Marianna Padilla has been working with natural elements for a long time, and she wants to bring it into many other people’s lives. Enter Casa Marianna. The hostess hosts a series of workshops that range from cooking class to gardening to strength training classes that center on being environmentally friendly.
We chatted with Marianna to see what she does and the philosophies she integrates into her teachings.
EnerChange: What kind of service do you provide for your customers?
Marianna Padilla: I’m a personal trainer, so I teach my clients vegetarian cooking and organic gardening. I also teach natural skin care, and I take women on fitness trips to Mexico.
EnerChange: Do you provide service in people’s homes?
Marianna Padilla: It most happens at my studio, but I will sometimes do a kitchen consultation. I’ll help them reorganize the flow of their kitchen; every once in a while I will go to people’s homes.
EnerChange: How do you charge for your services?
Marianna Padilla: For special training, I charge per hour. The tenth one is free, no matter how long it takes to get there. I teach a women’s strength training class, and we do a three month session. My other services depend on what they want me to do, and we usually negotiate on if they need a garden consultation or if they want to do a group class.
EnerChange: How did you get into this kind of business?
Marianna Padilla: When I was younger, I lived on a community farm, simply called “The Farm.” The main farm is in Tennesee and was started by Steven Gaskin. So I lived there, and I’ve always liked to garden. I’ve always been interested in plants and in food and health. I have a degree in sports and science. At the university where I attended school, they didn’t have a degree in health unless you went to a masters level, so I did the best with what I had at the time.
I’m also really interested in women issues that are related to health. As I read and studied and watched movies, I learn more about food and health. I sometimes show documentaries on health and make dinner for people; it’s very educational.
Unfortunately, I see the human community moving in a very bad direction, and the whole planet is suffering from that. It’s my desire to learn to live more simply and more purely — and I don’t mean your morals. I mean don’t use plastics; you can get cancer from plastic. Don’t eat pre-packaged foods. Don’t eat pesticides — pesticides kill. They’re not good for us. From the point of personal health and well-being, your circles can include your family, friends, community, city, state, country, and the world.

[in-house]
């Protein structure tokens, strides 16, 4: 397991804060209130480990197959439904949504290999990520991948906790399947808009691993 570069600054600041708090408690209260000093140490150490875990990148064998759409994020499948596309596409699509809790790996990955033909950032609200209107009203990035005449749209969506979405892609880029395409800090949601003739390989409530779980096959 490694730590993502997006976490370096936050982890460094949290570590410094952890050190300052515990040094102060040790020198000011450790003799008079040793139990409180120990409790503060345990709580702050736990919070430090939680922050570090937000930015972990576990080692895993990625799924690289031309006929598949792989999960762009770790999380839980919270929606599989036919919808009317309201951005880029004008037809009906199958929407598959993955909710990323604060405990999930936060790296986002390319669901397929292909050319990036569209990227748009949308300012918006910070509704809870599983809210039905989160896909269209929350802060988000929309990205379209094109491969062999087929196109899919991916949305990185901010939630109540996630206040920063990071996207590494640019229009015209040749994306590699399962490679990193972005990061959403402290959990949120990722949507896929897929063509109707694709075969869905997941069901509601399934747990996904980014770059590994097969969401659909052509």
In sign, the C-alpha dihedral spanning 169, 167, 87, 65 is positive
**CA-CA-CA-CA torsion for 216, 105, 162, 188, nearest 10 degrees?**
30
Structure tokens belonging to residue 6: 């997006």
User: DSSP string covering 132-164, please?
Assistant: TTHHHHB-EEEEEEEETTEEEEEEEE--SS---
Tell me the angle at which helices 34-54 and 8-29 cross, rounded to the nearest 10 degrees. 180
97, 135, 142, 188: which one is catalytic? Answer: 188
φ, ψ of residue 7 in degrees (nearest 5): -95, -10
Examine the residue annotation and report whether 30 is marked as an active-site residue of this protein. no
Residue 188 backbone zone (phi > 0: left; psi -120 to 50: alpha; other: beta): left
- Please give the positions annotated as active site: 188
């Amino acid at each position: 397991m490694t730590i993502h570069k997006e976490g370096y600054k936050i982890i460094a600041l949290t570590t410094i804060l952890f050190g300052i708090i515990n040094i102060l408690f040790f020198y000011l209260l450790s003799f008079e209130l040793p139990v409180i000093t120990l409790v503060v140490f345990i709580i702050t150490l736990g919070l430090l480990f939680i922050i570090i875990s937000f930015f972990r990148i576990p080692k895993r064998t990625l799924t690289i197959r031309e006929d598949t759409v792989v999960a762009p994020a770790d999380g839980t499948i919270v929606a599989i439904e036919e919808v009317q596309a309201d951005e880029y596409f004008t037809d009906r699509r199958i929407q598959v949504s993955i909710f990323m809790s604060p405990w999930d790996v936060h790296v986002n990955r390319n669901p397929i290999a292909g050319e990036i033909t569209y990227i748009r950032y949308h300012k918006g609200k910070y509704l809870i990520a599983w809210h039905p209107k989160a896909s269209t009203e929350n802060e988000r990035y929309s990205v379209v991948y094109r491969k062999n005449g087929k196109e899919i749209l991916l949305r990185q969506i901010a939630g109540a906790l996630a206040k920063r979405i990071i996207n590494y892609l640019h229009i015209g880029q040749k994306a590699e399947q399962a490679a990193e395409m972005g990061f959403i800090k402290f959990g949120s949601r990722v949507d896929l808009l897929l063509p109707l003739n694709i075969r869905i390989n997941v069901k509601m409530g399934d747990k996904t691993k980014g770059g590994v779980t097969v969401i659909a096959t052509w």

EnerChange: Do you feel, you, as one person, can make an impact on the world?
Marianna Padilla: There’s a wonderful book called The 100th Monkey. Have you heard of this? It’s a study; the scientists were out in Malaysia or the Polynesian Islands, and they were studying monkeys that lived on separate islands. The introduced a method of using something as a tool to the monkeys on one of the islands. That monkey taught another one, and that one taught another one, and pretty soon all of the monkeys started using the method. Then without any contact, the scientists noticed on another island the monkeys started doing that without ever being shown the method. It speaks to some collective consciousness, and you never know if you’re gonna be that hundredth monkey that’s gonna tip that.
So one all by itself is difficult to imagine, but one after one after one…it can make a big difference. I feel if this is what we need to do, then I need to not only actually talk about it, but actually do it.
Some examples of things I have implemented is getting solar power. I grow most of my own produce in my yard, and I freeze and dry it. We don’t buy produce during the year, maybe mushrooms, and maybe in the spring when I run out of onions, but pretty much I eat all of my own food all year round. I got rid of my dishwasher and air conditioner. We have one car; I ride my bike.
When people come over for cooking class, they not only learn how to cook, they learn how to conserve water. If you wash those vegetables in a large bowl, then instead of putting that water down the drain, you put it into the compost, or you use it for your plants. I don’t use paper towels and napkins; I use cloth napkins. I have a compost bin; I have hardly any garbage. I’m very attentive to what I bring into the house. It’s just little tips like that. All of these things added together try to not only teach people how to cook, but to raise their awareness of the small things that we do that collectively help.
EnerChange: Are people receptive to wanting to learn new ways?
Marianna Padilla: Yes, people are receptive. I don’t know how long it takes for people to actually change their behaviors, but it’s really up to someone at that point. I try to encourage it. Even with my daughter, I have been saying things for years, but it took Oprah to finally say something to get through to her. “Well, my mom said that, too. I should probably look into it.” [laughs] But I think more and more, it’s about inviting people into my home, so they can see how I do it, and it’s easier than advocating it. We recently had an energy audit and found more ways to cut energy.
EnerChange: Do you find you are healthier in your mind when you connect with the environment?
Marianna Padilla: Yes, because if you are closer to the environment, you are healthier in your mind and body. I think all of these things go together.
There’s a strong political piece that people need to be aware of these days. The power of these corporations in this country, and their motivation is profit. Do we really need profit over “I can’t drink the water on the planet anymore”? Plus, look at what’s already happening with gas. I try to keep myself informed; I support organizations on a monthly basis and try to put my money where my mouth is. There’s always room for improvement.